Eric Clapton Delivers Quiet Brilliance With “The Lady in the Balcony: Lockdown Sessions”

Eric Clapton

So what do you do when you’re a working musician, you’ve made arrangements for a set of special concerts, then at the last moment, forces beyond your control bring it all to a screeching halt? If you’re Eric Clapton, you invite everyone you were planning on playing with over to a lovely big house in the country, set up some microphones and cameras, and let everyone know what they missed. Which, as Clapton’s new album Lady in The Balcony: Lockdown Sessions demonstrates, was a lot.


The canceled concerts (COVID, of course), scheduled for a run at the Royal Albert Hall earlier this year, were to feature Clapton and a small backing band in a primarily acoustic setting. It was both a continuation and fresh interpretation of the motifs behind Clapton’s classic 1992 Unplugged album. Given how Clapton has had nothing to prove artistically since the mid-1960s, why not have another go at texture and tunes over firepower?

The album’s overall mood is warm. Blues with a smile, if you will. The band is, as to be expected, top-notch. Clapton’s singing and playing are energized and focused without a trace of weariness. It’s as if the artist was 26 instead of 76. However, no one with only a quarter-century under their belt could perform with the depth and soul Clapton’s three-quarters of a century on this mortal coil, living a life filled with both ultimate highs and the lowest of lows, brings to his performance. Be it reworkings of classic tracks from his catalog or breathing life into the works of others, Clapton makes every song on this album his own. This is music made by and for those who have actually lived, not merely existed.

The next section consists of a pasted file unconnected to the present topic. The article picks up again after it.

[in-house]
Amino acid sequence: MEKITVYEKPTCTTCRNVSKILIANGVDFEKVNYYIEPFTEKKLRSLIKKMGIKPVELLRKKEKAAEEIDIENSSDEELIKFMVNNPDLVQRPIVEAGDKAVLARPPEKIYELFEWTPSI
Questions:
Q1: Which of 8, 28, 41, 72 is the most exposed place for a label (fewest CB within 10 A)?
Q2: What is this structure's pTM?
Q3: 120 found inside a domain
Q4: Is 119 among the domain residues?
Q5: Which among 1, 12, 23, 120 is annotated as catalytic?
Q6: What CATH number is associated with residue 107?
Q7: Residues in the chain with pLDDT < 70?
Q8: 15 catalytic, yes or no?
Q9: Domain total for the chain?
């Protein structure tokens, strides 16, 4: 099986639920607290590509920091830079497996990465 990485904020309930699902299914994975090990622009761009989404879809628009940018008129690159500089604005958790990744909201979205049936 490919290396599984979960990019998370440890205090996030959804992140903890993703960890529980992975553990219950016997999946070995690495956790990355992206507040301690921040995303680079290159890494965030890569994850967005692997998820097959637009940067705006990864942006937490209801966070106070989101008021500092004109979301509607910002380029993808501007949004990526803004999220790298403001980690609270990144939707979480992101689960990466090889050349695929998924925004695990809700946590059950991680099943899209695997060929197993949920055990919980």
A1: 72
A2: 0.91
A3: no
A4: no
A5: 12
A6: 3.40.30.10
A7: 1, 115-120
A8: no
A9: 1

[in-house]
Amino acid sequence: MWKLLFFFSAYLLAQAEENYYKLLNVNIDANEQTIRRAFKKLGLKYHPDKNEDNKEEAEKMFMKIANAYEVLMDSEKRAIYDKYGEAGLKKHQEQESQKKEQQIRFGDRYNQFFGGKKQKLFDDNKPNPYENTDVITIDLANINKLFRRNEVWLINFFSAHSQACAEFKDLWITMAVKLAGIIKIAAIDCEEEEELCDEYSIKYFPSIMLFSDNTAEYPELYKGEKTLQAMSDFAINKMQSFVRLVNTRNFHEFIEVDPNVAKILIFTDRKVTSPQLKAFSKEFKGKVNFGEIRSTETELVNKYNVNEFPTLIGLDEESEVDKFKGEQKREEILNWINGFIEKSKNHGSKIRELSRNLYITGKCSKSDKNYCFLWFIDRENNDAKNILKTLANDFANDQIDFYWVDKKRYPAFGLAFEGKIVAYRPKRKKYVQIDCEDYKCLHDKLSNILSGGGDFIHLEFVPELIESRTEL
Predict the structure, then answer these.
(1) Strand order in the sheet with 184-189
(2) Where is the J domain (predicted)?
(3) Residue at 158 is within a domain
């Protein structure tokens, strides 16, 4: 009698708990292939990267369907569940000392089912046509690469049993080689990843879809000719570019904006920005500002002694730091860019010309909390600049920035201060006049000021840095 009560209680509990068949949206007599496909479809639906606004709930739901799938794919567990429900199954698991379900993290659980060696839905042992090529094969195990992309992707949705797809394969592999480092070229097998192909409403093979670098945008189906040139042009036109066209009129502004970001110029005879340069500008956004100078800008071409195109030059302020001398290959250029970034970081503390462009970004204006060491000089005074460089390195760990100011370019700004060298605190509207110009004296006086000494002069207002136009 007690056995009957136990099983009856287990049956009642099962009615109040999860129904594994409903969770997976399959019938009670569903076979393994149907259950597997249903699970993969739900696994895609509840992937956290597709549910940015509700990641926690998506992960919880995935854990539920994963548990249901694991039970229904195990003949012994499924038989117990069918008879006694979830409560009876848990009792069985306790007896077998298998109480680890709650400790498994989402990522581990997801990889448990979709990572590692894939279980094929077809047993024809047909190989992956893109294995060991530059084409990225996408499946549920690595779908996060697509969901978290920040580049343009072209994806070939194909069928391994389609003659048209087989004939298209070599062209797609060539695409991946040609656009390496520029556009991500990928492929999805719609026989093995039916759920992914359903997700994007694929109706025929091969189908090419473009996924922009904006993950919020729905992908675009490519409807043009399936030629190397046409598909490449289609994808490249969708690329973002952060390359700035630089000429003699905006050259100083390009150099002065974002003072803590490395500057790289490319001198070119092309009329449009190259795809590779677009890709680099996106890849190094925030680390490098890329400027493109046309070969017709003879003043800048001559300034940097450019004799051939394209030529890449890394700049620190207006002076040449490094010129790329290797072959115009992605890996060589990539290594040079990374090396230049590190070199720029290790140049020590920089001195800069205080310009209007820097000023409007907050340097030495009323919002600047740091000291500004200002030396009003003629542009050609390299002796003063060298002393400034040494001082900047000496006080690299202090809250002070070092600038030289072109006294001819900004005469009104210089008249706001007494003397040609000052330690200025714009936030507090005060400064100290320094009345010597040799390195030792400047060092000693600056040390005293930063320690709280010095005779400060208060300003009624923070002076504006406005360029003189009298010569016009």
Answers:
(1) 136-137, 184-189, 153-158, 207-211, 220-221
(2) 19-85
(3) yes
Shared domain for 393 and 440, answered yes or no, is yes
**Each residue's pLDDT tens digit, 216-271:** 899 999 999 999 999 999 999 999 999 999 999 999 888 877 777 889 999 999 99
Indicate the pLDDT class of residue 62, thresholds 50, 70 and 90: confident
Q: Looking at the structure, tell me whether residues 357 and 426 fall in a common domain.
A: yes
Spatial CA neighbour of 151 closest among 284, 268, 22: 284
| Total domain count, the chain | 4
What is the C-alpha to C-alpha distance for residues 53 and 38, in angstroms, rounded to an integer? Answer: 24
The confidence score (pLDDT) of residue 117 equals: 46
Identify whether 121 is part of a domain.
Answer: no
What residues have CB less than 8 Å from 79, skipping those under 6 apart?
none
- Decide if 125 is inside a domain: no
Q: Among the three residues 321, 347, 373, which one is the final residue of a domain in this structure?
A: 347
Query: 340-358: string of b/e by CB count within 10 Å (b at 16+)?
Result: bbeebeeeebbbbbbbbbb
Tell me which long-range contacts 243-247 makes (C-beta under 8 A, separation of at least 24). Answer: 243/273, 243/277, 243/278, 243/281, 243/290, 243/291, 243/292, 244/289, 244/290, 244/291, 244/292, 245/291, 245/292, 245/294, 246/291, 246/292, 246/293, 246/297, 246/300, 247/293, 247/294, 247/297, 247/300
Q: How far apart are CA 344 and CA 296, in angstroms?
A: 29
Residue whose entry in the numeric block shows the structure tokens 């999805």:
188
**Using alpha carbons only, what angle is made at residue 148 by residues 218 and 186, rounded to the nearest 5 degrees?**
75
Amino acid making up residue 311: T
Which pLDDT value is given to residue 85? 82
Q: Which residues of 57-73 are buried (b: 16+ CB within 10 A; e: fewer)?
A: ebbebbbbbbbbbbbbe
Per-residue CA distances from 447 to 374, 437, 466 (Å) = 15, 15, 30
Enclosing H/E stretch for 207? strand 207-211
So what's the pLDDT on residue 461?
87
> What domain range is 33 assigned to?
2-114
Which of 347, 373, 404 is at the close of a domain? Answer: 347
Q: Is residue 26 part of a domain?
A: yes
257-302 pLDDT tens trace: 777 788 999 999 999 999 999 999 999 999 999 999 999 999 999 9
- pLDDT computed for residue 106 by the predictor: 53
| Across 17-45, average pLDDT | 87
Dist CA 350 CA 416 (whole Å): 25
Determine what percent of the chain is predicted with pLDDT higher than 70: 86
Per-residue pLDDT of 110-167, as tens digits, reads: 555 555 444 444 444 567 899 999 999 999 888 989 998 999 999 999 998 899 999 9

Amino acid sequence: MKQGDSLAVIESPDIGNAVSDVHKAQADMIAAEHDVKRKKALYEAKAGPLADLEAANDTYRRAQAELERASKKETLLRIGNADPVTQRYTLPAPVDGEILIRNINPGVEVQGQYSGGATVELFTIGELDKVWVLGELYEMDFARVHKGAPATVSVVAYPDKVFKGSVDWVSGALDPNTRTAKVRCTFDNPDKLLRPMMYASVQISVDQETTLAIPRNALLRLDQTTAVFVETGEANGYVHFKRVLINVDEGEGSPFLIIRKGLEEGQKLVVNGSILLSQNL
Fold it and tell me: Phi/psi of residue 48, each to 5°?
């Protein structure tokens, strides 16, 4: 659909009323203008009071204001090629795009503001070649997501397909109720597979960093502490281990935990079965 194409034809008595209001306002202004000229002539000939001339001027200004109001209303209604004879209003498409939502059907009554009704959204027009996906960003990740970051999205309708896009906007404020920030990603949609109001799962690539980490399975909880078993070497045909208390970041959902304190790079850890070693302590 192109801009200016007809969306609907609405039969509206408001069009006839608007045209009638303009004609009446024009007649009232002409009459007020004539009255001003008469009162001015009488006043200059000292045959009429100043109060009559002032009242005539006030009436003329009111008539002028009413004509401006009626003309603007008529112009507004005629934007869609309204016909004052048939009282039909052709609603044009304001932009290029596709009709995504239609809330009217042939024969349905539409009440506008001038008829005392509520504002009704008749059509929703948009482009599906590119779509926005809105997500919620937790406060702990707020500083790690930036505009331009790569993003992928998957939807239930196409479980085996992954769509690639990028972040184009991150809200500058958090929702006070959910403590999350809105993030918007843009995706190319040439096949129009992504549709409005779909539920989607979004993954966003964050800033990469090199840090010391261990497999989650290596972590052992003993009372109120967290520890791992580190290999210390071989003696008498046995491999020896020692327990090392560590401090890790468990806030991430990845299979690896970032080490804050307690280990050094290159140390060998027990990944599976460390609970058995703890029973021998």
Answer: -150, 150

At an age by which most musicians have long since either hung it up or continue as pale imitations of who they once were, Eric Clapton has graced us with a collection of work that dazzles without bedazzling pyrotechnics. Instead, it is a quiet, intense without being oppressive, joyous romp through a world in which real musicians create real music for those who have a yearning for the real. Which, in this present satanic age, is something we can all use. At the beginning of his career, graffiti proclaiming “Clapton is God” was frequently spotted around London. Several decades later, he’s still one of the leading purveyors of God’s language. Namely, real music. God bless Eric Clapton.



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